David Adjmi rebuilds the queen of "let them eat cake" for a low-carb, reality-TV era.
I can recall reading reviews of Adjmi’s irreverent take on the fashionable and doomed young queen of France upon its debuts in other cities a few years back; most of those I read couldn’t resist comparing Adjmi’s version, and its modern sense of vernacular, to the 2006 Sofia Coppola film of the same name and its own modern-rock sensibility. I suspect many Chicago reviewers will bring up the Coppola version as well, and I’m no exception—if only to say that I never saw it and thus can’t make a direct comparison. (Where do my fellow theater critics find all this time for watching movies, anyway?)
I also remember those East Coast reviews to have found Adjmi’s version of Marie, as an all-too-21st-century model of spoiled rich girl who nonetheless finds some ultimate dignity in the very fact of being remembered, rather slight and wanting. I can’t make a direct comparison to those earlier editions of the play any more than I can to Kirsten Dunst’s performance, but I can only guess that the other productions lacked the impressive style and muscle of Robert O’Hara’s production at Steppenwolf, featuring a smashing lead performance by Alana Arenas.
Adjmi—a rising New York playwright receiving his first major production in Chicago—fashions his Marie as a bit of a socialite philosopher, spending only the outrageous amounts of money she’s been raised to spend as someone who was bred to be a geopolitical transaction, but just self-aware enough to say things like, “Sometimes I feel like a game that other people play, but without me.”
Arenas, an actor I’ve admired since seeing her as Pecola Breedlove in a Steppenwolf for Young Adults staging of Toni Morrison’s The Bluest Eye almost a decade ago, spends so much time at Steppenwolf as a diligent, dependable ensemble member that it’s a delight to see her own a show like this. She’s equally brainy and grounded enough to make her character’s royal flightiness as endearing as it is eye-rolling.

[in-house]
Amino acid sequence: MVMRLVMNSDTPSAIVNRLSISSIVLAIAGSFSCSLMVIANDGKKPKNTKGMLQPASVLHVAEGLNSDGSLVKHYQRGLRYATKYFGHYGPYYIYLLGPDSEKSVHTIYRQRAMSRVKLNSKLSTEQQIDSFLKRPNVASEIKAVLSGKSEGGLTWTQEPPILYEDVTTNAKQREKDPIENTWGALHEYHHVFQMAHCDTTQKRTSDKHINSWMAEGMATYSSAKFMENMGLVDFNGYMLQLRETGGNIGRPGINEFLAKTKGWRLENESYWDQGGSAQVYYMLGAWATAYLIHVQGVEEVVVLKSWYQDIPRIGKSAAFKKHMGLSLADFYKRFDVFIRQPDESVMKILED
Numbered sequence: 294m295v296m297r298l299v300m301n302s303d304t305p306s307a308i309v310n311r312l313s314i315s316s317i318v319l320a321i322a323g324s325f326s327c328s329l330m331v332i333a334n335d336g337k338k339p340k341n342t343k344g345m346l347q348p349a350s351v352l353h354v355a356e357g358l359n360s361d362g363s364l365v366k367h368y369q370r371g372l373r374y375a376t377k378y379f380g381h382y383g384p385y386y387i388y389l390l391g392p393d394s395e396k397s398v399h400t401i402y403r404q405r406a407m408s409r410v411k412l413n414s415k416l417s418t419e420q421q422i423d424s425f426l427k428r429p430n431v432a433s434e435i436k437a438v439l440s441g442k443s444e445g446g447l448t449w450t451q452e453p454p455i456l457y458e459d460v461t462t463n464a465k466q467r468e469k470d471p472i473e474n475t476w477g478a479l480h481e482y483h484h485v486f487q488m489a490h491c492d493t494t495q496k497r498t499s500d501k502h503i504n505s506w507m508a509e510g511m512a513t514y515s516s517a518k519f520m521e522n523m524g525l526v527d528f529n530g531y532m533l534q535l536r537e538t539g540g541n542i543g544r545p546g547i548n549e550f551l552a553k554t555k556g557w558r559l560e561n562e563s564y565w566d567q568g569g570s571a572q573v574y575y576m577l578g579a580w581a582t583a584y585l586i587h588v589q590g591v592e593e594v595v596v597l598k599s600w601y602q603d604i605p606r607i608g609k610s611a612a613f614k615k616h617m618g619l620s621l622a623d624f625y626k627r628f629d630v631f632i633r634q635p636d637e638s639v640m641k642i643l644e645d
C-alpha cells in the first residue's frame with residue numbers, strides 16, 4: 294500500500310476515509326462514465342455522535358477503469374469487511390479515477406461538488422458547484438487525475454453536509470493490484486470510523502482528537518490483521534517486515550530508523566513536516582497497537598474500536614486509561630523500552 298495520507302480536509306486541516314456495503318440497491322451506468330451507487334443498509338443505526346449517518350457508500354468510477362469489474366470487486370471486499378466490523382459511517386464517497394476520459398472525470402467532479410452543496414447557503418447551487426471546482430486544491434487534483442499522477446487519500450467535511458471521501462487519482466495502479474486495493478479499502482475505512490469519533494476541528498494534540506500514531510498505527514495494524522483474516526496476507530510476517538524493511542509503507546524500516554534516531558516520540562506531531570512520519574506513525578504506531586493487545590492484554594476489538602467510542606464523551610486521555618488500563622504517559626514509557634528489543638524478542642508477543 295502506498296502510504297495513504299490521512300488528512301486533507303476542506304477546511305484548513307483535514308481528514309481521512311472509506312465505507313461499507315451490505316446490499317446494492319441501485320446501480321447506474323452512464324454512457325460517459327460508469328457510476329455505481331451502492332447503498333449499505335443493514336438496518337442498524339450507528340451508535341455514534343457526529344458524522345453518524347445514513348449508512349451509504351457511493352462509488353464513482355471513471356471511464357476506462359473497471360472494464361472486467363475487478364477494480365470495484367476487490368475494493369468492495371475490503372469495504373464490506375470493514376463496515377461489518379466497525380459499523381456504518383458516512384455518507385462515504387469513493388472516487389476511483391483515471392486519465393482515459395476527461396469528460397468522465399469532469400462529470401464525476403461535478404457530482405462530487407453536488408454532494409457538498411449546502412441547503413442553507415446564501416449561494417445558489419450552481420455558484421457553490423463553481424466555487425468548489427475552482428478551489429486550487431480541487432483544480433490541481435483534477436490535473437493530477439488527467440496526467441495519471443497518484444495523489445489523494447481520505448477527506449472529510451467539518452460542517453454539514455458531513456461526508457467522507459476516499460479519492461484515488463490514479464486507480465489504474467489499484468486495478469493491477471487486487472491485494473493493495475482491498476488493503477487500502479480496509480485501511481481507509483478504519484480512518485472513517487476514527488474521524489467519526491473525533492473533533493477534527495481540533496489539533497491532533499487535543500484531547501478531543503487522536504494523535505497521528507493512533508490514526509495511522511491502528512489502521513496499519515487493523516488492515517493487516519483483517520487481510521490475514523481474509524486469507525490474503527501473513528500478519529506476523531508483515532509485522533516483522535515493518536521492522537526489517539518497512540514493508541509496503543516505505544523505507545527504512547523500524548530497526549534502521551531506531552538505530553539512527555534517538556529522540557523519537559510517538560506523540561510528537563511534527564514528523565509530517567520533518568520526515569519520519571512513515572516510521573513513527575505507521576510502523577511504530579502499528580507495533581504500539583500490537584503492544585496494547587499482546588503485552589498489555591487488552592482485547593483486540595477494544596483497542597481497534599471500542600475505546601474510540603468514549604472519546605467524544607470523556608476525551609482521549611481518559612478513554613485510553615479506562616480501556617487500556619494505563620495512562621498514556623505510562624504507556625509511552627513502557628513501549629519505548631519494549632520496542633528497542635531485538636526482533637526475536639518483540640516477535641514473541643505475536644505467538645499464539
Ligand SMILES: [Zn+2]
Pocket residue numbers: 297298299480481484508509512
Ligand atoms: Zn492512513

And indeed, O’Hara’s staging, Clint Ramos’s mirror-floor runway set design and the exquisitely imagined and constructed costumes by Dede M. Ayite and wigs and makeup by Dave Bova make this a truly Fashion Week–worthy production throughout the first act, with projection designer Jeff Sugg’s lush video title cards punctuating Marie’s onstage costume changes. (The role her previously silent lead dresser later takes on as the revolution arrives is an inspired touch.)
The supporting cast is excellent as well, from Tamberla Perry and Ericka Ratcliff’s meticulous turns as Marie’s courtesans, to Tim Hopper’s take on Louis XVI as a kind of Fred Armisen-y ineffectual, to Alan Wilder’s deliciously game embodiment of a high-fashion sheep.
If the production falters at all, it’s in a slight over-reliance on video captions to elide big historical moments (though I felt little difficulty following the plot, despite not having revisited the history since college). But that’s in keeping with the stylicious aesthetic O’Hara employs, and Arenas’s strenuous performance keeps us rolling with the changes in tone, all the way up through Marie’s somewhat limited, and too late, awakening. It’s a portrayal worth pledging allegiance to.
Steppenwolf Theatre Company. By David Adjmi. With Alana Arenas, Matthew Abraham, Tim Frank, Keith D. Gallagher, Tim Hopper, Mark Page, Tamberla Perry, Ericka Ratcliff, Ariel Shafir, Alan Wilder. Running time: 2hrs; one intermission.